water and sanitation program;information and communication technology;water supply and sanitation;average annual daily traffic;data collection and analysis;international aviation safety assessment;maintenance of water supply;efficiency of transport;collection of bill;sources of water;power and water;vehicles per day;gross domestic product;length of road;markets in africa;arable land area;number of seats;national policy maker;air transport sector;delivery of cargo;Natural Resource Wealth;access to sanitation;expansion of capacity;kilometers of road;allocation of oil;urban road network;customs clearance process;barrier to entry;time for receipt;increase in capacity;air transport market;kilometers per hour;infrastructure project finance;Country Program Coordinator;global best practice;funding gap;infrastructure sector;dwell time;water utility;road density;water utilities;infrastructure spending;paved road;Natural Resources;hidden cost;freight tariff;rainy season;capacity constraint;agricultural value;national network;private investment;infrastructure challenge;road sector;regional infrastructure;agricultural potential;public expenditure;border delays;sanitation indicators;operational indicator;water resource;modern fuel;congestion problem;road traffic;Capital Investments;road quality;rural connectivity;peer group;multimodal transport;urban roads;Air Safety;piped water;surface water;potential contribution;open defecation;infrastructure needs;unpaved road;international gateway;sanitation access;global standard;mobile penetration;petroleum price;flush toilet;reservation system;safe water;traditional latrine;water technology;census data;steep decline;transport cost;fee payment;installed capacity;government oversight;inadequate infrastructure;moving goods;development partner;crossing border;undersea cable;negative effect;riparian country;border crossing;corridor condition;agricultural product;average performance;donor finance;internal transport;fund accounting;safety audit;seat capacity;power consumption;Rain forest;international travel;charter airline;industrial activity;power tariff;market concentration;market power;container terminal;direct flight;regulatory oversight;power production;existing tariffs;spatial distribution;tank trucks;heavy truck;profit margin;truck transport;social infrastructure;geopolitical events;financial resource;present analysis;global estimate;resource revenue;road surfacing;oil production;oil resource;independent country;empirical evidence;mobile telephony;Infrastructure Finance;feeder port;private finance;optic cable;water investment;regional context;internet bandwidth;investment finance;capital spending;distribution loss;infrastructure funding;Sanitation Services;infrastructure endowment;International Phone Call;submarine cable;private capital;road corridor;improved sanitation;investment target;financial flow;rural area;spatial analysis;sector specialist;operational efficiency;academic circles;legal requirement;agricultural land;productive area;physical infrastructure;regional connectivity;provincial capitals;regional network;feeder line;rural transportation infrastructure;subsidiary right;basic connectivity;road length;rural accessibility;urban accessibility;port authority;ticket sale;european commission;international standard;power utilities;investment need;fiscal cost;comparator country;methodological issue;financial datum;short-term fluctuation;power utility;applicable law;dollar term;improved water;maritime trade;global benchmark;road deterioration;average share;transport facility;port congestion;container traffic;Oil Pipeline;labor requirement;dock labor;designing policy;national grid;donor support;inadequate fund;road maintenance;net result;road condition;infrastructure service;preventive maintenance;agricultural production;efficient port;freight cost;customs fee;primary reason;efficiency gap;administrative cost;Learning and Innovation Credit;aid flow;regional aggregates;arterial route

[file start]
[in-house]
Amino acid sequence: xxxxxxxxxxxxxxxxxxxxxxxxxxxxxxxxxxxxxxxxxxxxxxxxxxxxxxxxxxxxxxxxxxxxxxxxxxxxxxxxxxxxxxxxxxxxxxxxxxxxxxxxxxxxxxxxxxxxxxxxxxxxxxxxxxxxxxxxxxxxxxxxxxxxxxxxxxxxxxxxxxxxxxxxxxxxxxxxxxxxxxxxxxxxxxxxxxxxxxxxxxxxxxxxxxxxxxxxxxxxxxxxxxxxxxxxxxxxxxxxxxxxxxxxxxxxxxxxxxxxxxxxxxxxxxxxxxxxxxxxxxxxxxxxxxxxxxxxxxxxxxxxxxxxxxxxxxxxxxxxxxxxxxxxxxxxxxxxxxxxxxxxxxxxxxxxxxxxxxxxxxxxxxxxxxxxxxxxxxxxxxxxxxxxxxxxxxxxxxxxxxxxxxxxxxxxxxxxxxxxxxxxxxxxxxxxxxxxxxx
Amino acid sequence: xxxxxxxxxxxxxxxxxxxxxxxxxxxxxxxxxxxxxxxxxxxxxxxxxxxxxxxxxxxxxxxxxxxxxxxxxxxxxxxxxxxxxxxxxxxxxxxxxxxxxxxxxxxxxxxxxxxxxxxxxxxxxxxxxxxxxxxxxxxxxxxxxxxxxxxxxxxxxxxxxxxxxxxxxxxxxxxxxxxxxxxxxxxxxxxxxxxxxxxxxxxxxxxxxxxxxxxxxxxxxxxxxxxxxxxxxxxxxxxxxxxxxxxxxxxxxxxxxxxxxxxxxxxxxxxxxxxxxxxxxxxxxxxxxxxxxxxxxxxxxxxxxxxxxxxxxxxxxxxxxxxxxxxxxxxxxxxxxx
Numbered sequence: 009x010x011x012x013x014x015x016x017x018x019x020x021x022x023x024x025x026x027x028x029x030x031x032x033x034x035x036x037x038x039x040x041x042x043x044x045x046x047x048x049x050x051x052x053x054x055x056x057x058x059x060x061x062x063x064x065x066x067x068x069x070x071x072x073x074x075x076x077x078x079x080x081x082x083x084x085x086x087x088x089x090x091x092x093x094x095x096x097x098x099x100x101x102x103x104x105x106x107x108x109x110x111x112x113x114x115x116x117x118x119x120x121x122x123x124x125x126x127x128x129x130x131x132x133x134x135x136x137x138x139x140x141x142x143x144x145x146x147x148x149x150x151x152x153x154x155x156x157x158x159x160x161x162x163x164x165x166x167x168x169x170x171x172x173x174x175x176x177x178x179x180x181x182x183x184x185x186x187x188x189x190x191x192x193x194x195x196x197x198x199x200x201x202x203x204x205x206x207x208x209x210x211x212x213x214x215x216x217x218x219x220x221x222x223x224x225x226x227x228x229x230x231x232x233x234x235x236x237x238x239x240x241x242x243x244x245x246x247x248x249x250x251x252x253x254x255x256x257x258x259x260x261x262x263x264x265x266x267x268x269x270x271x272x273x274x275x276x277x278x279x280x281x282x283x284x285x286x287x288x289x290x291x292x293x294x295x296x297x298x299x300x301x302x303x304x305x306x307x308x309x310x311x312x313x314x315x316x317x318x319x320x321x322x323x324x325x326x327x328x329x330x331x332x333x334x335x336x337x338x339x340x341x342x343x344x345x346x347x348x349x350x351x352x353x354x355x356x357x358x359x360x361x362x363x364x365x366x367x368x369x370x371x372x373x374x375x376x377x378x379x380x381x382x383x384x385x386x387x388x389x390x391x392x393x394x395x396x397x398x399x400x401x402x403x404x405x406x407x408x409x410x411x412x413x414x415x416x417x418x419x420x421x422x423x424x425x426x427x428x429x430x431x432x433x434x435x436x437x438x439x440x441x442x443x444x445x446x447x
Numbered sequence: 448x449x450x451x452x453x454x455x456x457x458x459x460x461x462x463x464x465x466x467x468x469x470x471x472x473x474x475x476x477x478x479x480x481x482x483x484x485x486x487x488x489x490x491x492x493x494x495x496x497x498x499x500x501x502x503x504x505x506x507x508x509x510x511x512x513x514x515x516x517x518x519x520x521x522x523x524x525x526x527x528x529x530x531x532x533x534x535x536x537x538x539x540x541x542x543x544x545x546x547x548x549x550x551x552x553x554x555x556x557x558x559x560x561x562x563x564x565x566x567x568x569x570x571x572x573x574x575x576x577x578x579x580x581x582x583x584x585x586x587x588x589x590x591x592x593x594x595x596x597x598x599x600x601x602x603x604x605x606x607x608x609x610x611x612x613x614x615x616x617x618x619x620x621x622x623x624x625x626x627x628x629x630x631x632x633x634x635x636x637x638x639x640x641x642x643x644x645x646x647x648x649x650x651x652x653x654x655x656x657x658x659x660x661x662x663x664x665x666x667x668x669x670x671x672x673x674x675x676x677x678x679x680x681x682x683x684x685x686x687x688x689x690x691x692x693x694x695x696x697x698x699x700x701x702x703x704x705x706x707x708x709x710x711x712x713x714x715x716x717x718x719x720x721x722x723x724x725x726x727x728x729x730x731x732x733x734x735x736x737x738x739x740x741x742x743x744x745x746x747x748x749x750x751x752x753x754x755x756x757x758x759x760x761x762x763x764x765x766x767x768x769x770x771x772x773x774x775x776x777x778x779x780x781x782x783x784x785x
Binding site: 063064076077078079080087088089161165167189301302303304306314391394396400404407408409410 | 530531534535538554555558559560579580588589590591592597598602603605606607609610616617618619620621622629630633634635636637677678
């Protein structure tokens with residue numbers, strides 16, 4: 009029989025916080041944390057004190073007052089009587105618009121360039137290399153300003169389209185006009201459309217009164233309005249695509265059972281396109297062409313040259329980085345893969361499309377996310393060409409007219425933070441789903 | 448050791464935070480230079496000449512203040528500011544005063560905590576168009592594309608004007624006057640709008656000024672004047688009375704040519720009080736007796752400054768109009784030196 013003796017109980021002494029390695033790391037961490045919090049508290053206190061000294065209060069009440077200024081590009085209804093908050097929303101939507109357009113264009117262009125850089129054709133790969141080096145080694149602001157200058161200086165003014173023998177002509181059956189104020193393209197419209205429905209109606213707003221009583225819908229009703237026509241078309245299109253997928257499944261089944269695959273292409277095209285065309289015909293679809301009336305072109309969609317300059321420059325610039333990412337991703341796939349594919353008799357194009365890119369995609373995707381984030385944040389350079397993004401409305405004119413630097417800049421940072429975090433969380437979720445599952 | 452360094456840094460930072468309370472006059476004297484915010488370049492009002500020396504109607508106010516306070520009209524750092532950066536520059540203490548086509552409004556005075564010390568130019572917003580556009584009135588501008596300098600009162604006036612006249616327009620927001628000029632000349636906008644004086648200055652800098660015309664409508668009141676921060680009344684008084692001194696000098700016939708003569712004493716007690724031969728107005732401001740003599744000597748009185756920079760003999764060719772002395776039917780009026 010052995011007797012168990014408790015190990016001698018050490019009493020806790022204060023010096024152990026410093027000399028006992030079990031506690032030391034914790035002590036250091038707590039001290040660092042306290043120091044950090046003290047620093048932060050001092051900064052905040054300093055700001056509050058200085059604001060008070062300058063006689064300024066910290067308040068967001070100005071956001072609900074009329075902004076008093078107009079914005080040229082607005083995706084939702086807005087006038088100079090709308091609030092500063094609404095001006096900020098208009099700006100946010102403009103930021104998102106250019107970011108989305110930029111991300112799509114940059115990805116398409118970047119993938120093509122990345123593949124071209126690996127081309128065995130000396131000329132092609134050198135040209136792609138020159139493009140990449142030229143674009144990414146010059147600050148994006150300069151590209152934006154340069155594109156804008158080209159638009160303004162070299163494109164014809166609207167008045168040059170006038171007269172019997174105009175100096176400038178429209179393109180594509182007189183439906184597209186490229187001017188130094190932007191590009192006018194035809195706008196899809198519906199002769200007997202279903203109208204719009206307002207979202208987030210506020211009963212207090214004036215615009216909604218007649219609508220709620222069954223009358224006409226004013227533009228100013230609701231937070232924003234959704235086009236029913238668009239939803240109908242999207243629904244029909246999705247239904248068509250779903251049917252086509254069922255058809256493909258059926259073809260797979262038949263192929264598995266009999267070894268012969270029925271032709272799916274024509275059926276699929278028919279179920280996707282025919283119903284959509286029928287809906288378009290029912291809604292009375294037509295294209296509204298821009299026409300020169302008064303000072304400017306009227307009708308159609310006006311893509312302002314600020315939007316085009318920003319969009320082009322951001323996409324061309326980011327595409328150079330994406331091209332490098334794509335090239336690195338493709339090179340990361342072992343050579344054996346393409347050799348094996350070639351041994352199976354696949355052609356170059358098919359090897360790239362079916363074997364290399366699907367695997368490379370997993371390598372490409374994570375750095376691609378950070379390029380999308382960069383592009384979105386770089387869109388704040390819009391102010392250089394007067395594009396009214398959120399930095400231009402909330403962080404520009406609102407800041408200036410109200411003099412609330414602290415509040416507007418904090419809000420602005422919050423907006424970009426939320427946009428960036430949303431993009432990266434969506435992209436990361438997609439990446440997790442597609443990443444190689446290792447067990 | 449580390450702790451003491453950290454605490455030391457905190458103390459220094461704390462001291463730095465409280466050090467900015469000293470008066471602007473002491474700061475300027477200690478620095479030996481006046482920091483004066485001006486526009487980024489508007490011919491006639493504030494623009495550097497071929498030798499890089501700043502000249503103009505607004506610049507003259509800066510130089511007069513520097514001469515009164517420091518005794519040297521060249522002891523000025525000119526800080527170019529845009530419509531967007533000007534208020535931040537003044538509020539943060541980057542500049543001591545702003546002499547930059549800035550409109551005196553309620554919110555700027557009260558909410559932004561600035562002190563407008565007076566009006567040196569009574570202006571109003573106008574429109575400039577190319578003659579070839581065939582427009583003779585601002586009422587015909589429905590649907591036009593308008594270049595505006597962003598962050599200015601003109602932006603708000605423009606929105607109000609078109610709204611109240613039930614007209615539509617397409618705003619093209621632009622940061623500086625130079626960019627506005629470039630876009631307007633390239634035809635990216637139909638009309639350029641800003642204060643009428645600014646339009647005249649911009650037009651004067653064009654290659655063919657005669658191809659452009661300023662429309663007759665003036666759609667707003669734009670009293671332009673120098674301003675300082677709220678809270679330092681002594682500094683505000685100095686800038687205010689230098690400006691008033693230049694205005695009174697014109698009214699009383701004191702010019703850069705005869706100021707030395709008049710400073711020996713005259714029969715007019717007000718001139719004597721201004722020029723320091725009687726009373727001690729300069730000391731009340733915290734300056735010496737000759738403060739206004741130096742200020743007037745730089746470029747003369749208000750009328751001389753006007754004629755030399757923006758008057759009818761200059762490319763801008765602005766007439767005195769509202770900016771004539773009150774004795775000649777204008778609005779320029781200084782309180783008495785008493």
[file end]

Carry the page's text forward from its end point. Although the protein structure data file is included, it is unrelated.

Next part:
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Citation

Ranganathan, Rupa Briceno-Garmendia, Cecilia

Sudan infrastructure : a continental perspective (English). Africa Infrastructure Country Diagnostic (AICD) country report Washington, D.C. : World Bank Group. http://documents.worldbank.org/curated/en/561781468202137788/Sudan-infrastructure-a-continental-perspective